I attended the annual BOA/SAC/TPD forum this year and was involved in the programme. The meeting was organised by the BOA Ed Board with the SAC Chair (David Large) and myself (as BOTA President) helping on the day. It was attended by around one third of TPDs in the UK, with a further third providing apologies for absence. It was announced that a review of CCT indicative numbers would be performed by the SAC as it has been 3 years since their introduction.
Based on the work that BOTA conducted in the Linkmen Roadshow, we had considerable input in shaping 4 standards based on good practice seen across the UK. These standards formed the basis for a lively and extensive discussion. Please see below these standards and the discussion points from each group.
Standard 1: Training Programme Directors should allocate trainees to specific trainers in order to best match their training needs.
There are obvious obstacles due to the variation of training posts available in different rotations and the different approaches to accessing feedback from trainees.
Trainees should in most cases only be allocated to specific trainers in the later years of their programme or to fulfil specific training needs leading up to exams.
There should be a focus on the importance of developing a relationship between TPDs and trainees, which forms a strong basis for decisions on allocation to posts.
The allocation would also be informed by strong links with educational leads in each training centre.
Suggested standard: “TPDs should develop strong relationships with all education leads to enable appropriate allocation of trainees to trainers, especially in their early years. In later years TPDs should encourage input from trainees in terms of their placement choice.”
Standard 2: Regional programmes should have a process to quality assure each training post occupied by their trainees on a regular rolling basis.
There should be a process in place to quality assure all training posts.
Differing ways in which the assessment of the quality of training can be sought.
The onus should be put on the trainee to prove their ability and their engagement with the programme; the trainer should recognise this commitment.
Underpinning this there must be a trust between trainees and trainers to ensure that there is honest feedback.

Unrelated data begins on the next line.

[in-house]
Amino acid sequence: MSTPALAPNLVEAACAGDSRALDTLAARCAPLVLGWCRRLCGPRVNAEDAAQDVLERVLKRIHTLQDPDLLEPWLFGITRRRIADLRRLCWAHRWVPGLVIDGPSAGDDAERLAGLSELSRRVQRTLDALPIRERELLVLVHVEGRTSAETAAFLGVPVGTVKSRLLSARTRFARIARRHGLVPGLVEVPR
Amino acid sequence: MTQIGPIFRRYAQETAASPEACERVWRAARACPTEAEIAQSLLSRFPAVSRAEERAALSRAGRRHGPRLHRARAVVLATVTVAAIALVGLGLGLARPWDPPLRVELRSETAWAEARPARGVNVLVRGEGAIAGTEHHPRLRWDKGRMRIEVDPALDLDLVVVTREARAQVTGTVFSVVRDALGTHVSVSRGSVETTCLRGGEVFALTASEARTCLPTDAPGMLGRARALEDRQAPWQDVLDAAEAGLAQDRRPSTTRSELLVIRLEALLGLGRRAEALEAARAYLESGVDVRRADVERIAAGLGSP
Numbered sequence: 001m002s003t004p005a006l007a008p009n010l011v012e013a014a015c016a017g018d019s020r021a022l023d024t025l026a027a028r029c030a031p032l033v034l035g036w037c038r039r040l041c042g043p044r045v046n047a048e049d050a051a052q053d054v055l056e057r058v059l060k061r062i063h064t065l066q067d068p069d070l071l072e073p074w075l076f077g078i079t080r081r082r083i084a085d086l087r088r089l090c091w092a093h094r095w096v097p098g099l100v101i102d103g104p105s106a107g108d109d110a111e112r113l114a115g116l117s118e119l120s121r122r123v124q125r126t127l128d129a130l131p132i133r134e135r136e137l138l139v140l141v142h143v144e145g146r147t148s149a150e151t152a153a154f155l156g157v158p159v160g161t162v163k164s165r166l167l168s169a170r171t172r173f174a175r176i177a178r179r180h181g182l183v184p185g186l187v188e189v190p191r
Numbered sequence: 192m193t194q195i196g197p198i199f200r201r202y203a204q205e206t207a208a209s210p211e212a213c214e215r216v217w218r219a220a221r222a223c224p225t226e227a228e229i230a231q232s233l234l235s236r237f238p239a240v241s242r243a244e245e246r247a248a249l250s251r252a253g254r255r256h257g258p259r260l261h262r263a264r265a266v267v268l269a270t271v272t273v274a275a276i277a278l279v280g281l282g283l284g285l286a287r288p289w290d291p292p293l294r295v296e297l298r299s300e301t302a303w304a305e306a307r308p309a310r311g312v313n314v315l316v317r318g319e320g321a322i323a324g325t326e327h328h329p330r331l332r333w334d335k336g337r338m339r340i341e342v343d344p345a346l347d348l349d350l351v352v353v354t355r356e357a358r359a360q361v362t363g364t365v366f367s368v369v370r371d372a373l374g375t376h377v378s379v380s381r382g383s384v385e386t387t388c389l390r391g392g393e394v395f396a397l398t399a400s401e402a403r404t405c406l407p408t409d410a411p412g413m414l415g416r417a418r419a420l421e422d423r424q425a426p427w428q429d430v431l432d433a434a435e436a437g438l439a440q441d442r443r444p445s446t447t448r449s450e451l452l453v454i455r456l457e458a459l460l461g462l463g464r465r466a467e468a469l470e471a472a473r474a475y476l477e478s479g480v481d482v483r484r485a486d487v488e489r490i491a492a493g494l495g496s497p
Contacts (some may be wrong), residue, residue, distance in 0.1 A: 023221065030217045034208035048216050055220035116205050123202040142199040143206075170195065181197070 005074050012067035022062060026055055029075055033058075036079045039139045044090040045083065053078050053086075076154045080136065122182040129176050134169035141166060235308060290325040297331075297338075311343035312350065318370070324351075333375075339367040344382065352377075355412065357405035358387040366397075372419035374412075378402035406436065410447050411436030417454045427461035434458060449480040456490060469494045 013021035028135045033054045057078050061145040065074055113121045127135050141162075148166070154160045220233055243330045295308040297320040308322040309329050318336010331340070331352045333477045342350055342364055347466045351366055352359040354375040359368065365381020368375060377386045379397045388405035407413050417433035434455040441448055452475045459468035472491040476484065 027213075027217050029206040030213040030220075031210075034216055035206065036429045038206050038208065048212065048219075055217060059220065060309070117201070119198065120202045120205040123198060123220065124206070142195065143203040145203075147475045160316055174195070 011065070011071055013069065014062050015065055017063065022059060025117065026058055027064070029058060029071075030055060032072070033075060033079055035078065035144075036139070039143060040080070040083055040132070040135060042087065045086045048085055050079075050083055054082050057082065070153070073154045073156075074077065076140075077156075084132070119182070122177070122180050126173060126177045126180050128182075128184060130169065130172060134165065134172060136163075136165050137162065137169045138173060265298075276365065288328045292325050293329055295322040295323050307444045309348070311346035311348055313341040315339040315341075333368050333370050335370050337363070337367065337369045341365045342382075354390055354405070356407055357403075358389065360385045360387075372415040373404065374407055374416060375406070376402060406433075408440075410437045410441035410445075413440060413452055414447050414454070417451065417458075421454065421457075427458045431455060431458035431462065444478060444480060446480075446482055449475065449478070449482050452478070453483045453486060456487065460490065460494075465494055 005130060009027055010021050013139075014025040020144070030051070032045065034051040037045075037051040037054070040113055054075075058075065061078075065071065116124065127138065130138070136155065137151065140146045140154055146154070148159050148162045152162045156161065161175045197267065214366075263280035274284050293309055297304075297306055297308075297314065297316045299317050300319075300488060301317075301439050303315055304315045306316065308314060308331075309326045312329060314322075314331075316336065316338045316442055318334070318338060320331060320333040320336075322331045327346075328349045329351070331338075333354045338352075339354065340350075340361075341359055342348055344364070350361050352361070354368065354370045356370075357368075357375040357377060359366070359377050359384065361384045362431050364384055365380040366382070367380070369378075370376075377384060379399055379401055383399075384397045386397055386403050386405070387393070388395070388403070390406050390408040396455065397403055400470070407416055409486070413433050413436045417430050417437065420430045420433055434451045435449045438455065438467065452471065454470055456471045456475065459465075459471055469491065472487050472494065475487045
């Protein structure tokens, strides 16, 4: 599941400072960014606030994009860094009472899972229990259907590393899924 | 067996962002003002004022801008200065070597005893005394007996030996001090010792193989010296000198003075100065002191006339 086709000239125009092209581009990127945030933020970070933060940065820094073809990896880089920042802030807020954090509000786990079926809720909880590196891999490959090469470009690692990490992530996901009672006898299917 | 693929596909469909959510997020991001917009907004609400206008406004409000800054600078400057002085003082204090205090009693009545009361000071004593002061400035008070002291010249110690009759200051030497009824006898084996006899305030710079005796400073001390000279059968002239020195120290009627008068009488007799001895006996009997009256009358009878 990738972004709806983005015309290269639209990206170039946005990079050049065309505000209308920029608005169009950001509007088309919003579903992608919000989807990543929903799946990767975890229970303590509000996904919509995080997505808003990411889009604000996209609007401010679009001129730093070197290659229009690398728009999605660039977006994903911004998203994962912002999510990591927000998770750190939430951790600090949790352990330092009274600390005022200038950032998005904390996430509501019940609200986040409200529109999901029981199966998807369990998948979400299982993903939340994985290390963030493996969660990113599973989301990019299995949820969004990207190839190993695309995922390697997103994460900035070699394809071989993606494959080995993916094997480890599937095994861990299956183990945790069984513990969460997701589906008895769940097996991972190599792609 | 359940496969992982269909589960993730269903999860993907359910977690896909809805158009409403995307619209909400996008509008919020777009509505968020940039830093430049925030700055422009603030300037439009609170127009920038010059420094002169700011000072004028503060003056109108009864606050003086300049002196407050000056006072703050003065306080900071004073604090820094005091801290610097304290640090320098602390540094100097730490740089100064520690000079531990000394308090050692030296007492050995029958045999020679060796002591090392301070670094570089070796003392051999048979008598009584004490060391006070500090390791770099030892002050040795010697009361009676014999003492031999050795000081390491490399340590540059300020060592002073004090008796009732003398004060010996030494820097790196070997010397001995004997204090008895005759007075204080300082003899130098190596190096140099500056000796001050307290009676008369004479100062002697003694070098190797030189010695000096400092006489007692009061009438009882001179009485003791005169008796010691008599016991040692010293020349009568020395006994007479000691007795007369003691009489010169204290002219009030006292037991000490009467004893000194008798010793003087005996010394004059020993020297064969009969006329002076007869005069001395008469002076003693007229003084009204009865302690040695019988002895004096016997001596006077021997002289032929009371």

Action should be taken to improve posts failing to meet quality standards.
Standard 3: Out of Programme Placements for Training (OOPTs) should be considered when:
The trainee has successful passed the FRCS exam (both parts) The trainee has an outcome 1 at the last ARCP given:
The OPPT is within the UK
The TPD supports the application
Efforts are made by the trainee to find another trainee from the host region to fill the post they are leaving
There needs to be a level playing field for placements: either they are allowed pre CCT or they are not. There is a varying level of placement opportunities across specialities and regions.
The general consensus is that trainees should not be allowed to undertake fellowships or placements pre CCT. The few TPD’s who allow them create problems for the majority who do not.
If pre CCT fellowships are allowed then the posts would require full quality assurance – who would do this?
Interface fellowships should remain.
In terms of trainees sourcing other trainees to fill the post in their absence, this doesn’t seem feasible as it’s unlikely that a suitable transfer opportunity will coincidentally be available.
Standard 4: Regional training programmes should have a structure of complimentary roles occupied by consultant trainers that assist the TPD in teaching and training delivery e.g. deputy TPD/education TPD
This standard was generally supported.
The complimentary roles would provide the opportunity for current TPDs to facilitate succession planning of future TPDs and for future TPDs to develop the skills necessary to be a TPD.
Roles could potentially form part of an executive/management committee and would be particularly useful for larger training programmes.
It is important to note that there is no one size fits all structure for these additional roles and there will be variation between programmes.
These complimentary roles may be difficult to establish, however once a structure is in place they should be easily maintained.